by Marc Courtenay –
Most of my professional time is devoted to reading about and interviewing successful people. Yes, it is a fortunate “calling” and one that has taken me several decades to develop. When focusing on successful property managers I notice they all seem to share similar secrets about their success. One of those “secrets” involves a generous heart! These are people who love to give. They are all self-made successes who enjoy working for themselves. That doesn’t mean that they didn’t hone their skills working for someone else. Many confess they follow the examples of their mentors.
That’s in fact what they’ve become…mentors. A mentor is a wise and trusted counselor, a role model that walks their talk. They’re ready to help someone who is struggling and pass on words to encourage. One of my mentors is the successful newsletter writer Craig Ballantyne who authors the wonderfully helpful “Early to Rise” daily online publication. He and his partner Matt Smith are “property managers.” They manage intellectual property, and for all I know they manage a small bevy of income-producing real estate as well. They manage their businesses so skillfully they’ve become mentors to thousands.
Recently Craig wrote about his partner and their mentor. “Matt [Smith] is my business partner at Early To Rise [ETR]. It was thanks to him that we had the opportunity to acquire ETR from our mentor, Mark Ford. “Matt operates on the principle of adding value in every interaction that he has with others.” That last point, “the principle of adding value in every interaction…with others” awakened my memory. Every successful property manager I’ve ever known lives by that same principle devotedly.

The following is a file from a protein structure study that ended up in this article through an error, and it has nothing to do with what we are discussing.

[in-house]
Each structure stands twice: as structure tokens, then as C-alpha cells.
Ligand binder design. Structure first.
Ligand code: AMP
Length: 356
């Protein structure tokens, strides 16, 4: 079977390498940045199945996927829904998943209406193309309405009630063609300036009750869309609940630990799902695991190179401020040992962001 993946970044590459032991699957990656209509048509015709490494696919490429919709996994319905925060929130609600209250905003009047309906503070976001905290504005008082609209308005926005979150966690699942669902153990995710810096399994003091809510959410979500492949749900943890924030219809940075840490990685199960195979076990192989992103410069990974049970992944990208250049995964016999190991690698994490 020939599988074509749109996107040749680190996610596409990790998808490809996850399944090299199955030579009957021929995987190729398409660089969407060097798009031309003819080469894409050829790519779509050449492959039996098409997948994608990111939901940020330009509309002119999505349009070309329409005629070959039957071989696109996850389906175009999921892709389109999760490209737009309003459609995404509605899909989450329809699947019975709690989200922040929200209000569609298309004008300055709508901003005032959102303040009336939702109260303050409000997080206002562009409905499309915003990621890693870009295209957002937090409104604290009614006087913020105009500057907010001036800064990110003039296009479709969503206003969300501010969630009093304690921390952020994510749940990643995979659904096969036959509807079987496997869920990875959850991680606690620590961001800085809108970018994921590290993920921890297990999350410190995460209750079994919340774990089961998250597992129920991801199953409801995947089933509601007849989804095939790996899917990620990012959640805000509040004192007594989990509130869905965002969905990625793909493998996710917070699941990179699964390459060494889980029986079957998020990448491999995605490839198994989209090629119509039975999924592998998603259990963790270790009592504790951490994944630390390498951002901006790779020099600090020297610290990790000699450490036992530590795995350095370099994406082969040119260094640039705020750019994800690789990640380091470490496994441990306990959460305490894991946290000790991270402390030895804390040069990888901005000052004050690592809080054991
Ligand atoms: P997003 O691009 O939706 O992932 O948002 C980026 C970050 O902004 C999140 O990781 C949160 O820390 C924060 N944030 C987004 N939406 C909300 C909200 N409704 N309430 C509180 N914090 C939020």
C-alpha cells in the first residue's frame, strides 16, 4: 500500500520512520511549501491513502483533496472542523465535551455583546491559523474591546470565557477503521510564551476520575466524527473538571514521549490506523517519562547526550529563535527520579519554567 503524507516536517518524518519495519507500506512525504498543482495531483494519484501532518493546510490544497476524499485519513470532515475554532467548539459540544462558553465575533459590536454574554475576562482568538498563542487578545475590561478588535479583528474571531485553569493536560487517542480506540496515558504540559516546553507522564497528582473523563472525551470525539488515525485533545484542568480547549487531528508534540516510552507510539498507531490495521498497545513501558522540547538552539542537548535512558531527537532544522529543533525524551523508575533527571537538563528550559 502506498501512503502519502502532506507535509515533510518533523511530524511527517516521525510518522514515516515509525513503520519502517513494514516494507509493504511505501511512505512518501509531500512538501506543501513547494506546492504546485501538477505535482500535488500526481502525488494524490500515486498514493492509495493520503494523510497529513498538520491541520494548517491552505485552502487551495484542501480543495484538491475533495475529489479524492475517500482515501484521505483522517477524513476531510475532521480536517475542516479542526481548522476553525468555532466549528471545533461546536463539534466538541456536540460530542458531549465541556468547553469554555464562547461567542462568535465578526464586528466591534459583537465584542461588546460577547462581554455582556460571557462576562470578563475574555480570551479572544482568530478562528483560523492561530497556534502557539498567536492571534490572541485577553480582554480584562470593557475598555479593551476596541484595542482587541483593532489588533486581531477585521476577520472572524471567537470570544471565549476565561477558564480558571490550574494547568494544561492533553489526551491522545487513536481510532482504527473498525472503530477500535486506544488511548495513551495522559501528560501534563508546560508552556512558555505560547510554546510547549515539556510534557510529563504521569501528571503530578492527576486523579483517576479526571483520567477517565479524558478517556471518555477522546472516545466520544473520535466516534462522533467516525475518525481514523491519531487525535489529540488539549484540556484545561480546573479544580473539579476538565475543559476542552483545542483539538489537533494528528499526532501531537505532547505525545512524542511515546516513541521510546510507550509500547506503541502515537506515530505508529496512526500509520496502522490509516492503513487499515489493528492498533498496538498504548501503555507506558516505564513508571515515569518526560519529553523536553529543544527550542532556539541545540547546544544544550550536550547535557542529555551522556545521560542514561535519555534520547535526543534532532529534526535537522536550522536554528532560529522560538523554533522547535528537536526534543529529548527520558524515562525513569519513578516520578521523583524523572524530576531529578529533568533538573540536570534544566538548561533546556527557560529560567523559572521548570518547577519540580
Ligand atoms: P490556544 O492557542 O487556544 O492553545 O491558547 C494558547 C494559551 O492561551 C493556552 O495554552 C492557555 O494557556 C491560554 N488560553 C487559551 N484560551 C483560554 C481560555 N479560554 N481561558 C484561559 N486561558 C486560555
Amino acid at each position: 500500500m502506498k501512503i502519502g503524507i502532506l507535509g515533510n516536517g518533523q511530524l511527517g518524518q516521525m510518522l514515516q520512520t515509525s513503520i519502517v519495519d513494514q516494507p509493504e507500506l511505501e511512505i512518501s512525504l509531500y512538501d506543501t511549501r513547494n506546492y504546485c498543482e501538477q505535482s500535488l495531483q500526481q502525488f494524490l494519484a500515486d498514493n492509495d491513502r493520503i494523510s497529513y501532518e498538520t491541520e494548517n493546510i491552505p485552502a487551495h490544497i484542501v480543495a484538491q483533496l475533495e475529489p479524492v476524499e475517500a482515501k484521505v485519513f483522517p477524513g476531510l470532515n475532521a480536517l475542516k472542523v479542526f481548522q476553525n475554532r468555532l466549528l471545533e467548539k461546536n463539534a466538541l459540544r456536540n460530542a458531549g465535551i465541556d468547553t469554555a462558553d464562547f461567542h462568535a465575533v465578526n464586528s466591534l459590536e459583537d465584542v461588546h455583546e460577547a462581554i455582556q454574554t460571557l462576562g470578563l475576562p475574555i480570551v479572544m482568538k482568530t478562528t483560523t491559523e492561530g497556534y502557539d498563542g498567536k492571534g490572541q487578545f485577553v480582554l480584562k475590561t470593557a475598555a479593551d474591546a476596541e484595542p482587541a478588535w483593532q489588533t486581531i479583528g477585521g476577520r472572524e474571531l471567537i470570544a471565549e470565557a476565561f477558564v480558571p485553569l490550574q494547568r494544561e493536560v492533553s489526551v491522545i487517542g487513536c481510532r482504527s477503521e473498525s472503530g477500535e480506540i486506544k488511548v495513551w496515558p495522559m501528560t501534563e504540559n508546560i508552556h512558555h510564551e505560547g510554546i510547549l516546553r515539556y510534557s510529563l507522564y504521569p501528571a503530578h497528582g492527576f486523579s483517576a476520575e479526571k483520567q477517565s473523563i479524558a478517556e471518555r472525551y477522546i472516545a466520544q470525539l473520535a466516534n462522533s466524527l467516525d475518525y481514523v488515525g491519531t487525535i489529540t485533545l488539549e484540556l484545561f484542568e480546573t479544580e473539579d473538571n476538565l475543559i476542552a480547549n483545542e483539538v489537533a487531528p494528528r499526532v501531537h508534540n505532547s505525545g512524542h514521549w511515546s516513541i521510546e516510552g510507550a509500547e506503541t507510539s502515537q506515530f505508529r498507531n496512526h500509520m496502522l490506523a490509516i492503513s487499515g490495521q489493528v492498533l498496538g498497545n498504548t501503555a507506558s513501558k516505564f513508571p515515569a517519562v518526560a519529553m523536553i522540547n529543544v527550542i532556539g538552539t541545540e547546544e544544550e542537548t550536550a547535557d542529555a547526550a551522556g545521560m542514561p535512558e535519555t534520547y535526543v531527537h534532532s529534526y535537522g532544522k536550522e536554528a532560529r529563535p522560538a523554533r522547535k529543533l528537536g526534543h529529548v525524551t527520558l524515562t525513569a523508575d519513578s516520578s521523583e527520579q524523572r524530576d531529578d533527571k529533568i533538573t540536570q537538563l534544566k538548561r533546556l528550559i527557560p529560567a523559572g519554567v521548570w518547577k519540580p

When asked where they learned this principle they usually reply from their mentors or from a good book that they’d read or listened to. These are people who value self-improvement and search for successful ideas. They know their business well, but just as importantly, they care about people. These property managers all realize that “… people don’t care how much you know till they know how much you care.”
In his book, Give and Take, author Adam Grant points out that “success is increasingly dependent on how we interact with others.” Grant knows that “givers” don’t succeed at others expense. On the contrary Grant convincingly demonstrates that givers “…who contribute to others without expecting anything in return, have the greatest odds of achieving extraordinary results.”
“According to conventional wisdom,” Grant writes, “highly successful people have three things in common: motivation, ability, and opportunity… If we want to succeed, we need a combination of hard work, talent, and luck… But there’s a fourth ingredient, one that’s critical but often neglected: success depends heavily on how we approach our interactions with other people.”
In working with people, Grant claims, “…we have a choice to make: do we try to claim as much value as we can, or contribute value without worrying about what we receive in return?”
This extraordinary philosophy appears to be universally practiced by successful property managers. They seem to instinctively realize “what goes around comes around,” and that giving is its own reward.